The Federal Court has ruled Myer (ASX: MYR) will not need to pay damages in a class action brought by Amies Superannuation Fund trustee TPT Patrol, despite finding the retailer had engaged in misleading or deceptive conduct over a four-month period in FY15.
The proceedings stemmed from a verbal statement made on 11 September 2014 by then CEO Bernie Brookes who said Myer "anticipated profit growth" for FY15, implying the figure would be higher than the $98.5 million achieved in FY14.
However, on 19 March the retailer then announced NPAT guidance of between $75-80 million with a 40.5 per cent cut to operating gross profit margins.
In the proceeding six months the share price lost almost 40 per cent of its value falling to $0.90, and the stock has struggled ever since with shares worth $0.56 each at the time of writing today.
Even though the company's fortunes did change over the course of the first half of FY15, Justice Beach ruled yesterday that Myer had reasonable grounds in making its representation of expected profit growth.
As such, he dismissed a claim that the representation was misleading or deceptive or involved a breach of Myer's continuous disclosure obligations at that time.
Nevertheless, the court did rule that Myer was required to make a corrective announcement as it became aware that its NPAT would be materially lower than in FY14. In the judgment, Justice Beach presented the timeline that followed, as presented by the applicants.
The class action claimed that as early as 5 October 2014 the buying gross profit to date over 10 weeks was $2.28 million behind forecast, and that shortfall got larger over time to $13.56 million on 9 November.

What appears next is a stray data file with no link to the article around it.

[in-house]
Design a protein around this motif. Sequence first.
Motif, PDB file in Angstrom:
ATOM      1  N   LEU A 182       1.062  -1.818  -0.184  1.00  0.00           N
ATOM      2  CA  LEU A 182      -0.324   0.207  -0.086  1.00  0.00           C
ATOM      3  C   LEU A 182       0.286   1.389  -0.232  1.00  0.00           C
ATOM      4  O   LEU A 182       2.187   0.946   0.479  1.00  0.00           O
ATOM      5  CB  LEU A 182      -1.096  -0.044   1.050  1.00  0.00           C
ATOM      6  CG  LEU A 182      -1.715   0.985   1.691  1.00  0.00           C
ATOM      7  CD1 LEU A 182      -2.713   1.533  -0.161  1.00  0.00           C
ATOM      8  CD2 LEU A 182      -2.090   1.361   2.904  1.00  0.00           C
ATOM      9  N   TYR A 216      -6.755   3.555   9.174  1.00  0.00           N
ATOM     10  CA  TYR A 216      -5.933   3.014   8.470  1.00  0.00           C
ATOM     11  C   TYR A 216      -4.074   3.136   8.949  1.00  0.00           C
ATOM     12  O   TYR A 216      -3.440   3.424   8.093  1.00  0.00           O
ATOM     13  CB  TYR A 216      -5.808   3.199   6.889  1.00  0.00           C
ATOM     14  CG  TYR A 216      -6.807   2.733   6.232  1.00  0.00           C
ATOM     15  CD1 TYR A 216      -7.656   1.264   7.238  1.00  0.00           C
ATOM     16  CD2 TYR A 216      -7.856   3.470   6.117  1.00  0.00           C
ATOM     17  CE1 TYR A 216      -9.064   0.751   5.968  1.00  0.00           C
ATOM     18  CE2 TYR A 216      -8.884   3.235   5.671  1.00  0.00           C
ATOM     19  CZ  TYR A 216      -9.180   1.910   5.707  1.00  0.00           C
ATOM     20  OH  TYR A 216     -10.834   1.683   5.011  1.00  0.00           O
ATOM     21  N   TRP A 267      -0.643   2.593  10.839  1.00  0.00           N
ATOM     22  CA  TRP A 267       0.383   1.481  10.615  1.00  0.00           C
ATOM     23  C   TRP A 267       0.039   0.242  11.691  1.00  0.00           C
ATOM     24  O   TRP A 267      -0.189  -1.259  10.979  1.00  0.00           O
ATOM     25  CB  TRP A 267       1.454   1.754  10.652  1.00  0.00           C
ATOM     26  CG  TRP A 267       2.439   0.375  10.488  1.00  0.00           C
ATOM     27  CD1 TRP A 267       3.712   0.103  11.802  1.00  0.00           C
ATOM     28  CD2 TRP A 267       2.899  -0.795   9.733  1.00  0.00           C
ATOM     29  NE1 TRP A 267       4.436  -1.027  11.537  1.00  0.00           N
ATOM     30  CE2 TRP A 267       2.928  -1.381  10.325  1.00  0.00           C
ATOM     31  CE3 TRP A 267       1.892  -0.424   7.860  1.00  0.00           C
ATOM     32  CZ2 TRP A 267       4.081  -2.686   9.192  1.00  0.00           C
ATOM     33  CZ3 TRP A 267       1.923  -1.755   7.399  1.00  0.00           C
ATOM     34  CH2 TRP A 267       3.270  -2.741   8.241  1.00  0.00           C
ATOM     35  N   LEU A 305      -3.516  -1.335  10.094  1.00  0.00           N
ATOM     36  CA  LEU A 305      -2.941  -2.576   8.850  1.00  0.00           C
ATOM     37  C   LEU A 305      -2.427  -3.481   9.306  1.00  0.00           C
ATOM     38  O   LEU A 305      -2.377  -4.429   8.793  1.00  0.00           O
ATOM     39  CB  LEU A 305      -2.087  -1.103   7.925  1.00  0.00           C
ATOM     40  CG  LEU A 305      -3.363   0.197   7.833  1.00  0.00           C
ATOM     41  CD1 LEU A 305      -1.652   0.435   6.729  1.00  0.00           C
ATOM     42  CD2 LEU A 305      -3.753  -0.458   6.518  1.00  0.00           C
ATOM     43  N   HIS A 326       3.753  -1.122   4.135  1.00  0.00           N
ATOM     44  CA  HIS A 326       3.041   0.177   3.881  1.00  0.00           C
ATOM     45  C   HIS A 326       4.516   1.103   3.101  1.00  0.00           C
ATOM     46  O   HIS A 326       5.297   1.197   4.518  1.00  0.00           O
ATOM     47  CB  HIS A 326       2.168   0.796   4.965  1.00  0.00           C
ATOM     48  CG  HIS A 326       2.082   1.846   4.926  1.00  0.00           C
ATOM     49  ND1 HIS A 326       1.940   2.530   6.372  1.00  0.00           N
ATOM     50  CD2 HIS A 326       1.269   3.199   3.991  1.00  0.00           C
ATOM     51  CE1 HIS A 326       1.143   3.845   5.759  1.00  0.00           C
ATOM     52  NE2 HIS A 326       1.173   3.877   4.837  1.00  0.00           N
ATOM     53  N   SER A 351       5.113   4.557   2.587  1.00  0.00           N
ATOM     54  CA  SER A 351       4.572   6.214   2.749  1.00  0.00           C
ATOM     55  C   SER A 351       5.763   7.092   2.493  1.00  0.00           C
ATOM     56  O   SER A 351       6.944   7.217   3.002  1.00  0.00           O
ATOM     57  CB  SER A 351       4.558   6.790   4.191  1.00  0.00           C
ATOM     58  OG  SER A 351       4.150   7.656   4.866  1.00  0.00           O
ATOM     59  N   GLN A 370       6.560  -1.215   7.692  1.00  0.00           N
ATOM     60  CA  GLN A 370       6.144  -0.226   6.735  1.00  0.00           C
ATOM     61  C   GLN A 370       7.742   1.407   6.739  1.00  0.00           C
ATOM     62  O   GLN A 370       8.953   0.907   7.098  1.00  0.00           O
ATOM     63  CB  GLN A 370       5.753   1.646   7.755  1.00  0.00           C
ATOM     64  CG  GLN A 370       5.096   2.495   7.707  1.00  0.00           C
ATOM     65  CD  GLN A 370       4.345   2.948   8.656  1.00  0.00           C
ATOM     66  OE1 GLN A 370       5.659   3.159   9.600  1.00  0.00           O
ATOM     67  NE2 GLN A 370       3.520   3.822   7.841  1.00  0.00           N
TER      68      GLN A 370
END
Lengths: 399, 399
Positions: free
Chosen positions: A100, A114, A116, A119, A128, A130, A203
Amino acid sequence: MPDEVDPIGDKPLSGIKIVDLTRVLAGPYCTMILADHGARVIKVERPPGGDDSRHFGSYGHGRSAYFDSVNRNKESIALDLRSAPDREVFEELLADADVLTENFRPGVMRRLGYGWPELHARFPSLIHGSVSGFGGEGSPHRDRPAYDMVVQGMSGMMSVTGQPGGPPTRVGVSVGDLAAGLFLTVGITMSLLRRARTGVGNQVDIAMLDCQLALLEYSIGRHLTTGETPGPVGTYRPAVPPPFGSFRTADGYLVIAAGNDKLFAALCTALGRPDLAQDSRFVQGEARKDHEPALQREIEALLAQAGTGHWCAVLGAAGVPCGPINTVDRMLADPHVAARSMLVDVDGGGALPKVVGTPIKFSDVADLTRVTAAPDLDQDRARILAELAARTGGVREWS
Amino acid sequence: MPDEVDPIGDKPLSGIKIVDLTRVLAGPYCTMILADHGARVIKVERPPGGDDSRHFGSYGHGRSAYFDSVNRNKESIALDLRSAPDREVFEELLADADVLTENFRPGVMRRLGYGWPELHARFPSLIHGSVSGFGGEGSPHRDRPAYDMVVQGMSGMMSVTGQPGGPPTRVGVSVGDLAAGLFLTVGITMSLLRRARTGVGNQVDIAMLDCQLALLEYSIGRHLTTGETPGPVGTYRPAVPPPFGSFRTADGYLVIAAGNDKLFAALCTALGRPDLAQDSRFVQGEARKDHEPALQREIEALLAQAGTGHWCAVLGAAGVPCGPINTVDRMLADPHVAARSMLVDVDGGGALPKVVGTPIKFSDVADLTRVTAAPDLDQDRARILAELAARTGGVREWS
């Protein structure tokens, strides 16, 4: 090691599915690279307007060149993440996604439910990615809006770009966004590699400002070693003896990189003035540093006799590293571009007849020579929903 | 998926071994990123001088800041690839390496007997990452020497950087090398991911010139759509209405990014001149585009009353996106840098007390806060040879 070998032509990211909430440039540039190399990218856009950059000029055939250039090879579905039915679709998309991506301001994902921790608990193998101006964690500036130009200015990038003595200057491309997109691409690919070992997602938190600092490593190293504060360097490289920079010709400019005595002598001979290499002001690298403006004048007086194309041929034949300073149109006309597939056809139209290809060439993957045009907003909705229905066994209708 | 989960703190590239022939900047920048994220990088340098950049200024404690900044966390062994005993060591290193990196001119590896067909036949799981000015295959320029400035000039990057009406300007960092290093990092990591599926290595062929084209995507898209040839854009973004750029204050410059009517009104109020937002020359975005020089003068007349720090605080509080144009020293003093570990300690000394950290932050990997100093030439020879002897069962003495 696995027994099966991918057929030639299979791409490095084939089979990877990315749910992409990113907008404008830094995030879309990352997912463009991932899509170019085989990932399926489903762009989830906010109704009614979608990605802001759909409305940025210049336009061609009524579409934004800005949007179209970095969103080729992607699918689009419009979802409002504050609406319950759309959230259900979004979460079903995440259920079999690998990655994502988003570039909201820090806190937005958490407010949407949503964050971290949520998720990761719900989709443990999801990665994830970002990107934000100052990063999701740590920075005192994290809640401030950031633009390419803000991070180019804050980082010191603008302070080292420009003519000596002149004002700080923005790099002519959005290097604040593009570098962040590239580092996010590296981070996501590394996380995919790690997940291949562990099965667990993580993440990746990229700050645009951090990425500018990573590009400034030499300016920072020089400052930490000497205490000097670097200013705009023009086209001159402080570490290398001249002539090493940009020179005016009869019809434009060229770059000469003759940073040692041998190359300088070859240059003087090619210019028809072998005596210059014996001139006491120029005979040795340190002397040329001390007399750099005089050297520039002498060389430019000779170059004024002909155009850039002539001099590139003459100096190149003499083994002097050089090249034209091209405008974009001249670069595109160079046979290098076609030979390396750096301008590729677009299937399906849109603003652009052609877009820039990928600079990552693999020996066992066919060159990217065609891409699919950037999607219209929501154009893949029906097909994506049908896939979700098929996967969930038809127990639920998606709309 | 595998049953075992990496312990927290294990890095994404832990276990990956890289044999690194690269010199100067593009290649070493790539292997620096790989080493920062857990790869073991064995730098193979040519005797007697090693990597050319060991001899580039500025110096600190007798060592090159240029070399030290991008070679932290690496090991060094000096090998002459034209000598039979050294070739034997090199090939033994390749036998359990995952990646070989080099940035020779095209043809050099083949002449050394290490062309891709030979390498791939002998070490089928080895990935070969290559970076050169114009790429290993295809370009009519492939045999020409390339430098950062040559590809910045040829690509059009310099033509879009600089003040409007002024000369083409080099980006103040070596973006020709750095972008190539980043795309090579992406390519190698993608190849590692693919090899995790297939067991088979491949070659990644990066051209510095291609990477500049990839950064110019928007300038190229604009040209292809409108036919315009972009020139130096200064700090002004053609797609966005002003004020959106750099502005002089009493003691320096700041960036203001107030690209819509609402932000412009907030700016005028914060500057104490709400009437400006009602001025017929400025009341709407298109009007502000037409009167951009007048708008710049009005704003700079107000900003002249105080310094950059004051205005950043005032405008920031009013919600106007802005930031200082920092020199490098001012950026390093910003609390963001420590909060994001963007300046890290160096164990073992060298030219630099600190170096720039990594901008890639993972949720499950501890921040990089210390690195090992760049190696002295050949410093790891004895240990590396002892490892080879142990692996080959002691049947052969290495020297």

A few days later in mid-November Myer already had a draft FY15 budget disclosing an NPAT forecast for $92 million, which already would have been below the minimum threshold of the forecast made just two months earlier.
On 8 December the company's CFO gave Brookes a draft forecast presentation indicating FY15 profit would be lower than in FY14 by around $7 million.
Just before Christmas, Myer's general manager for corporate affairs and media drafted a statement to notify the market around 5 January that the group no longer expected to achieve earnings growth - the draft was given to Myer's CEO, CFO and Company Secretary for their consideration.
By the time 5 January came around, the board held a telephone conversation concluding a NPAT forecast of $90 million, and determined that no update to the market was necessary as that forecast was "in line with the Bloomberg consensus".
Justice Beach held that by failing to make a corrective announcement until 19 March 2015, Myer engaged in misleading or deceptive conduct and contravened its continuous disclosure obligations on and from 21 November 2014 until that date.
"Notwithstanding these contraventions, the Court found that there is no evidence which establishes that those contraventions caused any loss or damage to the class members," Myer said in an announcement to the ASX yesterday afternoon after the market closed.
MYR shares came out of a trading halt this morning and dropped slightly by 1.4 per cent to $0.56.Never miss a news update, subscribe here. Follow us on Facebook, LinkedIn, Instagram and Twitter.
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